THE PHILIPPINES and Bangladesh are the most exposed to a decline in remittances during the pandemic, in terms of number of households dependent on the inflows, a dependency which has increased due to the weak labor market, according to Fitch Ratings.

“This shock is likely to strain the incomes of the already vulnerable households, reducing their ability to meet basic consumption needs,” it said in a note.

Fitch cited a study from the Asian Development Bank which found that 8% of households in the Philippines receive remittances.

In June, cash remittances bound for the Philippines increased 7.7% year on year to $2.465 billion, rebounding from declines between March and May.

However, inflows were down 4.2% in the first half at $14.019 billion. The Bangko Sentral ng Pilipinas expects cash remittances to fall by 5% this year due to the worsening impact of the pandemic.

Fitch said migrant workers that have been displaced due to the crisis will likely remit their full savings before returning to their home countries.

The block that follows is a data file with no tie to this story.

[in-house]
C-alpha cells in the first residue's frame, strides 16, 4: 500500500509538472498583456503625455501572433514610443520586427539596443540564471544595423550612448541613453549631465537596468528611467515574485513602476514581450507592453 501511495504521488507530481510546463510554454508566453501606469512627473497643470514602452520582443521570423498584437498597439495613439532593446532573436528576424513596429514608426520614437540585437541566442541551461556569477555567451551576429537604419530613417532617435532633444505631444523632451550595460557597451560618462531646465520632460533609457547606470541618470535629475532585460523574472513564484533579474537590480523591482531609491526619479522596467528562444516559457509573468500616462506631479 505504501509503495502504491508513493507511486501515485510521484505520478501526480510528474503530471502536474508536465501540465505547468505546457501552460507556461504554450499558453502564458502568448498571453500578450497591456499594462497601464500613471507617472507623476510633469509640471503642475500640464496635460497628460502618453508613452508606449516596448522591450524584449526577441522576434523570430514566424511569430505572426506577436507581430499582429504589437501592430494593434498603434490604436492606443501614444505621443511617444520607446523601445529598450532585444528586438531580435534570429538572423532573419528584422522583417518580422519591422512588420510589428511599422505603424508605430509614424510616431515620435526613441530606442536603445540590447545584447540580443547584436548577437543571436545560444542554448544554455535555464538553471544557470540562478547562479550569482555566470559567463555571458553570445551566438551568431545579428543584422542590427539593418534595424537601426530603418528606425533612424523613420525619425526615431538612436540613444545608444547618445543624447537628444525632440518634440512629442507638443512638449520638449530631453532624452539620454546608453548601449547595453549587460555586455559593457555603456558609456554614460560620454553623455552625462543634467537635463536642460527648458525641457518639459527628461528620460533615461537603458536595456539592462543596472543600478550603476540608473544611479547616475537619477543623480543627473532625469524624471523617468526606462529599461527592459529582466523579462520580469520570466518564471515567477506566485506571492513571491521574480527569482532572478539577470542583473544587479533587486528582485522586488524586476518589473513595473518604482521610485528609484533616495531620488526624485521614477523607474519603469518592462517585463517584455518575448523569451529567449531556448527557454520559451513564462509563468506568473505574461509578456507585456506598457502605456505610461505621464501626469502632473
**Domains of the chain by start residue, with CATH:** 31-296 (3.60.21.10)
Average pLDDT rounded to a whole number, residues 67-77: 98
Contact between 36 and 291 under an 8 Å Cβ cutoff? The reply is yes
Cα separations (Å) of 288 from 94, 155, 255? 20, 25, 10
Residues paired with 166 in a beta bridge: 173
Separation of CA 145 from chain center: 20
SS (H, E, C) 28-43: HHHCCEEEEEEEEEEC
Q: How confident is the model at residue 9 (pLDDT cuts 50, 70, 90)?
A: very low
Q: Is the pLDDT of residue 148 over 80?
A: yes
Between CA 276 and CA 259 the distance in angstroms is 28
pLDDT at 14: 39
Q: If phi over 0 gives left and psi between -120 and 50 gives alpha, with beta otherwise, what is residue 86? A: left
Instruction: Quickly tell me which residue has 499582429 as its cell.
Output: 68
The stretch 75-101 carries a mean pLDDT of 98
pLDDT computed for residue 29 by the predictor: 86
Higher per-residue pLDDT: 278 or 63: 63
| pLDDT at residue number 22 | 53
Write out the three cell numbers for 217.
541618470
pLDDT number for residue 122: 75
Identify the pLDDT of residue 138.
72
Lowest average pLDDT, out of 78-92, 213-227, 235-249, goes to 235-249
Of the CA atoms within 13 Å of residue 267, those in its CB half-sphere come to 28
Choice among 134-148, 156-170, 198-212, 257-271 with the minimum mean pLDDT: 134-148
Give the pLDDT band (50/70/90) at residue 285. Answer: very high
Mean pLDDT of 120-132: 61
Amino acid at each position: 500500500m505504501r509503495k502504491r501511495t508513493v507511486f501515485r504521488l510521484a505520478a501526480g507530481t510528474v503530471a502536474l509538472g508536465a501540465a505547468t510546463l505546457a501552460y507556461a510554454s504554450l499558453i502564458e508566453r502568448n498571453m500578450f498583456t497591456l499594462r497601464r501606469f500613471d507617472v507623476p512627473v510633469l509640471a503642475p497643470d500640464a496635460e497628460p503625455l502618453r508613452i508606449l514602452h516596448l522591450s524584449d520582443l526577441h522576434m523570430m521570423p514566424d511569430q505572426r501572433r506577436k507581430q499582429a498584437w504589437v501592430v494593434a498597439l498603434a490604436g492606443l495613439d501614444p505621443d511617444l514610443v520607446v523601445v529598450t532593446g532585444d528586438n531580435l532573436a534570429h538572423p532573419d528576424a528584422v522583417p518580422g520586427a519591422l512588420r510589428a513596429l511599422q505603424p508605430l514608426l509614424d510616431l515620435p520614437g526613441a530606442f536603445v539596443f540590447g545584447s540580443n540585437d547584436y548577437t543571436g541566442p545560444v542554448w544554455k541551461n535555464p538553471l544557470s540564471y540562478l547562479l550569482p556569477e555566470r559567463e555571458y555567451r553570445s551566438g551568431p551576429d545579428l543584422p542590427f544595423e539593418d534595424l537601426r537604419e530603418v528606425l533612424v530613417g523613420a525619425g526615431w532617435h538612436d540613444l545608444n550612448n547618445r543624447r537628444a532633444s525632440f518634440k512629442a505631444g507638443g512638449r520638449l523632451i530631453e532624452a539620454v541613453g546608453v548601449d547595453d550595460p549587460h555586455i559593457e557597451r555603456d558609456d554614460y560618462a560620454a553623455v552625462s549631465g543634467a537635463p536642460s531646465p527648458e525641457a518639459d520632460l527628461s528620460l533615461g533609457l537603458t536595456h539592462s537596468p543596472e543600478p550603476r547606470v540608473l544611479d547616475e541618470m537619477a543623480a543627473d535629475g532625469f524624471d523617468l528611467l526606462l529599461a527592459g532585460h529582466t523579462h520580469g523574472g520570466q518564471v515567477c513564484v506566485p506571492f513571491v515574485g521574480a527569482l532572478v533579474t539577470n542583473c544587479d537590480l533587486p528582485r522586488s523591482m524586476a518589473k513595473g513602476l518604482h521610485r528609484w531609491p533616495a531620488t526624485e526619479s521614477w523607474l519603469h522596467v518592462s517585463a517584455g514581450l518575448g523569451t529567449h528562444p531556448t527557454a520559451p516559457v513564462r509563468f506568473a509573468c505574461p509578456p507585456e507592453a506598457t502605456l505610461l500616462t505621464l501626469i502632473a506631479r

“In this case, the impact of the pandemic on remittances would not be immediate, but would filter through in the coming quarters as migrant workers return to their home countries,” Fitch said.

More than 164,000 overseas Filipino workers (OFWs) have been repatriated due to the crisis, according to the Department of Foreign Affairs.

These OFWs have come home to a weak labor market with many jobless Filipinos competing for positions. The unemployment rate in July was 10%, much lower than the 17.7% in April but higher than the 5.4% from a year earlier, according to the Philippine Statistics Authority. The July rate represents 4.571 million jobless Filipinos.

“Labor markets are also unlikely to be able to absorb a large influx of returning migrant workers, which will further dampen incomes and present possible social challenges,” Fitch said. — Luz Wendy T. Noble